I for one was never told of the importance of natural birth until I was in a position where I refused to go the medical route (after having a negative experience with doctors) and had to search for alternatives. I was amazed to discover that I knew very little about birth and about the importance of birth without intervention. I was always under the impression that the medical world was doing us women a favour by 'allowing' us to take drugs and have c/sections. Now what about the women who dont question their rights? What about the women who have their babies in hospitals where their needs come second to hospital protocol and the doctors personal agenda? These women are being robbed of experiencing the birth of their children! They are in an environment that calls for surgical precision and routine procedures and the honest truth is that these kinds of practices stand in the way of a mother and child bonding. There are often drugs involved that interfere with hormonal changes needed in order for a woman to be instinctive and open to becoming a mother. And then there are things like separation of mother and child, unsatisfactory visiting hrs which often causes a new mom to feel alienated at a time in her life where she needs love and support the most.

Maybe its just me, but I feel that there is a serious problem out there! Why are more and more mothers finding motherhood such a burden? Dont get me wrong, I sometimes feel like I dont know where to turn and there are times when I crave adult stimulation and a change of scenery, I am human! But I know that I am doing something vitally important and that there is nothing stopping me from asking for a day out on my own. When I feel as though I am not doing the right thing, I try and look for solutions, not somebody else to do my job for me ( and then honestly believe that they can do a better job of looking after my child and seeing to her specific needs because they went on a training course...) Maybe I am just one of the lucky ones who knows where to locate my maternal instinct...
post #2 of 22
That is a hard question. I think everyone has a different personality and there isn't anything wrong with that. I know I was born with a maternal instinct, my mom said as a little girl I loved taking care of others and was maternal. I was watching other people's kids before I even had my own. Yet I know others who although they love their children, and not "kid people" so to say. They just have trouble getting down and understanding things at their level. They don't feel the fulfillment I do being with children all day. My mother said she was glad she stayed home with us when we were little, but she is not a little kid person. She said she had a hard time figuring out how to entertain us and play with us. She liked us much more as we got older. I feel some kids are better off with others watching them, at least part time. The mom I nanny for 20 hours a week, she says she needs the stimulation of work to not go crazy, and her children love being with me, and complain when it is time to go home. Some moms would resent being home to such a degree that I feel their children are better off with someone who is a "kid person" and then their parents enjoy them more because they feel fulfilled. I am starting to loose focus, I hope I am clear with my point. I do agree the birthing process as well as the type of parenting style the mom chooses will affect how much her maternal instinct comes in. To me if she follow a detached rigid parenting style, as opposed to an attached one I think that would affect her maternal instinct more than the birthing experience. I mean moms that have c-sections and their babies spend months in the NICU can be just as attached to their babies as a mom who has a natural home birth, yet I think it is harder to find that maternal instinct when you parent in such a way that is detached .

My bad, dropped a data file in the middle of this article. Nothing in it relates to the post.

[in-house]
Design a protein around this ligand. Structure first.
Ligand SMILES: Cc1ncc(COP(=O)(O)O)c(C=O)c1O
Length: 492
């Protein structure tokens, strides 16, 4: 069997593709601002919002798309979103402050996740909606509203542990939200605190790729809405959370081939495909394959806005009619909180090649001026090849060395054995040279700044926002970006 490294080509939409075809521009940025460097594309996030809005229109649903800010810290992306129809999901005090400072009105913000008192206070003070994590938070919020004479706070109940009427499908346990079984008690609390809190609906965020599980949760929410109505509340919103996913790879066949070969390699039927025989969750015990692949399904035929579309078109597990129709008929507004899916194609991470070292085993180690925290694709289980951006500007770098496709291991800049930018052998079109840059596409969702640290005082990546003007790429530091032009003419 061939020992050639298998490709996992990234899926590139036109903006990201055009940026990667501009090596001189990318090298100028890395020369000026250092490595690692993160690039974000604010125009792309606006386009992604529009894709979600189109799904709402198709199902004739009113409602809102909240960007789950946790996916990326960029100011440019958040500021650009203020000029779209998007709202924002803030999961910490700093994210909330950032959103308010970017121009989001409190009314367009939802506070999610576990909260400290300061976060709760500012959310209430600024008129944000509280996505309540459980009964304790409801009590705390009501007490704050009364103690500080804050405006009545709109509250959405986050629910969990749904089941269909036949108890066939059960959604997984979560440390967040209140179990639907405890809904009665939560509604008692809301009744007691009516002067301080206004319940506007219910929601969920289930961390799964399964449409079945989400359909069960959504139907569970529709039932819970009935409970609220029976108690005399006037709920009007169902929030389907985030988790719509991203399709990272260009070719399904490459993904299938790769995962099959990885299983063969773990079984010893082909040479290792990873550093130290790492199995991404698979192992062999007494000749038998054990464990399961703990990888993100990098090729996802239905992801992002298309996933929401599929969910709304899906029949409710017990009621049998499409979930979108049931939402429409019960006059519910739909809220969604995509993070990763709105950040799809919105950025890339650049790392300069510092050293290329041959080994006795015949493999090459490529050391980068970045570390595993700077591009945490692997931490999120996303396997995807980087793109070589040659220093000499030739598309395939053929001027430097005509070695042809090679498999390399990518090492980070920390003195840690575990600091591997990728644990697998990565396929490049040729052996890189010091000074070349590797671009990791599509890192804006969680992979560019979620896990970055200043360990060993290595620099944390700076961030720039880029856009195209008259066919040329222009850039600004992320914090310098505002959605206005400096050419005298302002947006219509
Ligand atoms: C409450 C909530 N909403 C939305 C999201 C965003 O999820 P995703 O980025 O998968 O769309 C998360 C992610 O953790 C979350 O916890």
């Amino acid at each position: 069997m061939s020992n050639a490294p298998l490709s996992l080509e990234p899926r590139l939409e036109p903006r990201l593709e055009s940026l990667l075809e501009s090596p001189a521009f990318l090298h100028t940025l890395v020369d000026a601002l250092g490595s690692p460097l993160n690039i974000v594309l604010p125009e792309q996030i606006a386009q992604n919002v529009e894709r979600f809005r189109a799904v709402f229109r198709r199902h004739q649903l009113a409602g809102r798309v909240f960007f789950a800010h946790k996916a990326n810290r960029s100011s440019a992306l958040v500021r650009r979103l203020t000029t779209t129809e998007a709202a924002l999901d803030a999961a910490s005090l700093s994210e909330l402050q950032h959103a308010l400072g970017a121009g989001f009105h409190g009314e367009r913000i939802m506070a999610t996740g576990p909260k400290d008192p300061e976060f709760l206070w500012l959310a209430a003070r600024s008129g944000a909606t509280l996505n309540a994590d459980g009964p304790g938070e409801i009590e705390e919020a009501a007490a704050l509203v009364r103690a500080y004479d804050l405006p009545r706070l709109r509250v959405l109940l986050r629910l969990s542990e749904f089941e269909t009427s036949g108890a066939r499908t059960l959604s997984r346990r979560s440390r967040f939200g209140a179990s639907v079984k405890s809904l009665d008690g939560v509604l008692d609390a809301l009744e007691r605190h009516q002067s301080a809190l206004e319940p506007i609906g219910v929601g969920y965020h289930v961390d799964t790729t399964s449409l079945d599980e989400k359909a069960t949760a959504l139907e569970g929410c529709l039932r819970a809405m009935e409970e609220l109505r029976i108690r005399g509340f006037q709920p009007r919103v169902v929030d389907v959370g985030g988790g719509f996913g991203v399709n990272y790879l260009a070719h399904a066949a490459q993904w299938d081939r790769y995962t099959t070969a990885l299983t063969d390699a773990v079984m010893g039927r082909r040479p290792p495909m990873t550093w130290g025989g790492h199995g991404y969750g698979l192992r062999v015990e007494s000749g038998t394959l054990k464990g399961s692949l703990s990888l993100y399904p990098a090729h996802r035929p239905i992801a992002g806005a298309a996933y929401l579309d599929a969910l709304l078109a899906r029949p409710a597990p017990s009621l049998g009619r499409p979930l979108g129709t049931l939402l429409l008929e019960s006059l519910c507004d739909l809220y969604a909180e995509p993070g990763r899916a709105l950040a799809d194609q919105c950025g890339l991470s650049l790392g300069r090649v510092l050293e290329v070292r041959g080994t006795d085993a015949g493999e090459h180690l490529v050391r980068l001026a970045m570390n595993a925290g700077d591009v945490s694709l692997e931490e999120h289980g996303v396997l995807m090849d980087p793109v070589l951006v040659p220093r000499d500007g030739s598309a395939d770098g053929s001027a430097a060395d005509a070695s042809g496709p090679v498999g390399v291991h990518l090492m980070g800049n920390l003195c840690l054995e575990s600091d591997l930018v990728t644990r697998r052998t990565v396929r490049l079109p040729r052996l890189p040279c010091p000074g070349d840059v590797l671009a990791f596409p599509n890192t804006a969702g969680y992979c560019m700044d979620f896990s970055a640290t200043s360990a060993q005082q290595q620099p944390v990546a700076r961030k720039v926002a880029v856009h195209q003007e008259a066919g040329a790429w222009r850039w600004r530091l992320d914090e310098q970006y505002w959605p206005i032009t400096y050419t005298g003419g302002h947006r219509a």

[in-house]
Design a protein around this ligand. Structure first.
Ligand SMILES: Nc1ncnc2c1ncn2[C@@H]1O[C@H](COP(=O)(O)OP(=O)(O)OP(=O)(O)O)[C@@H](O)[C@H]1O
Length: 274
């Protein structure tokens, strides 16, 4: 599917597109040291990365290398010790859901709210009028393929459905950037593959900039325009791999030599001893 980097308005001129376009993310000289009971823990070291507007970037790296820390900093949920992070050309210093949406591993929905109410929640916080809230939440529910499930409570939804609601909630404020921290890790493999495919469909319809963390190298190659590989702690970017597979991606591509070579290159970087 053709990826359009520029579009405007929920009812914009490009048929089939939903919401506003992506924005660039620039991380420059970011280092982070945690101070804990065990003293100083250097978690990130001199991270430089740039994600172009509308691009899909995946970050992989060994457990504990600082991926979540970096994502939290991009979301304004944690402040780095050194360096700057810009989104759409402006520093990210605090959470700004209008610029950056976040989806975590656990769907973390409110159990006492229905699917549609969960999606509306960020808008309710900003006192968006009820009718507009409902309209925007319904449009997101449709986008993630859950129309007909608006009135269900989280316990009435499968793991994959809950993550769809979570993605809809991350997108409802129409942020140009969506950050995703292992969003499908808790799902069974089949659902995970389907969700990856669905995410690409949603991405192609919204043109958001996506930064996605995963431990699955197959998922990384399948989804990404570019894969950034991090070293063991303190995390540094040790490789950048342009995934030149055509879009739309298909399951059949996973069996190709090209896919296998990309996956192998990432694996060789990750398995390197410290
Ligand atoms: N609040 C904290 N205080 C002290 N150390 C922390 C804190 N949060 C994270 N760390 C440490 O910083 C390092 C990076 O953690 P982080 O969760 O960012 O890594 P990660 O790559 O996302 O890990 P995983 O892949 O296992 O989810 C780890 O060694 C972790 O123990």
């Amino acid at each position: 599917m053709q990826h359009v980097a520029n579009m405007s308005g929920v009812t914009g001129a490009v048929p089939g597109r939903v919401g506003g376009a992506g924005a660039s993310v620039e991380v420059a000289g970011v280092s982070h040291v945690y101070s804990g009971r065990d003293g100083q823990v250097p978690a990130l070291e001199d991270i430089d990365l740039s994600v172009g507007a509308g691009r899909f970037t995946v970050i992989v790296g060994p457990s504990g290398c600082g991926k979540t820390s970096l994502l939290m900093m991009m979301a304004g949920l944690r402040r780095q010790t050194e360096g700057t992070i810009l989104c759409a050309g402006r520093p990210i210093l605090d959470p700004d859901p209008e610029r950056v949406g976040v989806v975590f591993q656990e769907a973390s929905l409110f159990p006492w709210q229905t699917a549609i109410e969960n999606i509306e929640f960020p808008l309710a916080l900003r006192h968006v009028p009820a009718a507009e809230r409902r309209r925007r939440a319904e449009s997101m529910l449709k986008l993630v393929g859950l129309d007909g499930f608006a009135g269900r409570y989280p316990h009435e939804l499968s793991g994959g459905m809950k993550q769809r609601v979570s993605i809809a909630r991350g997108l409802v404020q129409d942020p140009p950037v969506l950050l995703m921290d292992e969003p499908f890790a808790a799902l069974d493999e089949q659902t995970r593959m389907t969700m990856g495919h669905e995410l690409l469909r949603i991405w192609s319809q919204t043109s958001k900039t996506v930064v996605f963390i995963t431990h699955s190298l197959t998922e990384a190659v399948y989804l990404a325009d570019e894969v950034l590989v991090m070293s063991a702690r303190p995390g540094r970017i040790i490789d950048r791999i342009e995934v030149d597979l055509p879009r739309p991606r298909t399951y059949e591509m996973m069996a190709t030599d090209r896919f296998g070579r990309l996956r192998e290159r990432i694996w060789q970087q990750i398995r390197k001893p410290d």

post #3 of 22
I had very few motherly inclinations prior to dd. I did not like dolls, though I liked playing with other people's kids. Maybe it's because I see myself as a kid that I can get into a good game of redlight-greenlight-1-2-3?